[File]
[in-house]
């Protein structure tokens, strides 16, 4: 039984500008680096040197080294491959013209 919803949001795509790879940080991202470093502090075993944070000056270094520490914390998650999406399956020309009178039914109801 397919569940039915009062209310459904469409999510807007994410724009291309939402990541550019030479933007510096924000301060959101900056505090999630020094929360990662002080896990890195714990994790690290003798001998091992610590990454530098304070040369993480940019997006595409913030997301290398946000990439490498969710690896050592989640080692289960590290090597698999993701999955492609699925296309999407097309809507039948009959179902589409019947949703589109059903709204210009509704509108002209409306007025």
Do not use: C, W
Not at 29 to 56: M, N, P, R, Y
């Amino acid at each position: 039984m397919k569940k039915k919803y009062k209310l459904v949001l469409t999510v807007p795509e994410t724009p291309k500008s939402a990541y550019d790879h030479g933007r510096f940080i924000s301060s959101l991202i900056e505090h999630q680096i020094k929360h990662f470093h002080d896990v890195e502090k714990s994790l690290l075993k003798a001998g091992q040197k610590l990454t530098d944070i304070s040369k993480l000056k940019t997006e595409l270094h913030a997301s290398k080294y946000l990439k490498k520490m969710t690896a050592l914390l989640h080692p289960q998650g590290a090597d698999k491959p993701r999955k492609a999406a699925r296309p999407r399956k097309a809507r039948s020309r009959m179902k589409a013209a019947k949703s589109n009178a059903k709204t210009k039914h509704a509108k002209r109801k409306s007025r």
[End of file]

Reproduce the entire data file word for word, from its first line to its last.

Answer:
[in-house]
């Protein structure tokens, strides 16, 4: 039984500008680096040197080294491959013209 919803949001795509790879940080991202470093502090075993944070000056270094520490914390998650999406399956020309009178039914109801 397919569940039915009062209310459904469409999510807007994410724009291309939402990541550019030479933007510096924000301060959101900056505090999630020094929360990662002080896990890195714990994790690290003798001998091992610590990454530098304070040369993480940019997006595409913030997301290398946000990439490498969710690896050592989640080692289960590290090597698999993701999955492609699925296309999407097309809507039948009959179902589409019947949703589109059903709204210009509704509108002209409306007025």
Do not use: C, W
Not at 29 to 56: M, N, P, R, Y
């Amino acid at each position: 039984m397919k569940k039915k919803y009062k209310l459904v949001l469409t999510v807007p795509e994410t724009p291309k500008s939402a990541y550019d790879h030479g933007r510096f940080i924000s301060s959101l991202i900056e505090h999630q680096i020094k929360h990662f470093h002080d896990v890195e502090k714990s994790l690290l075993k003798a001998g091992q040197k610590l990454t530098d944070i304070s040369k993480l000056k940019t997006e595409l270094h913030a997301s290398k080294y946000l990439k490498k520490m969710t690896a050592l914390l989640h080692p289960q998650g590290a090597d698999k491959p993701r999955k492609a999406a699925r296309p999407r399956k097309a809507r039948s020309r009959m179902k589409a013209a019947k949703s589109n009178a059903k709204t210009k039914h509704a509108k002209r109801k409306s007025r």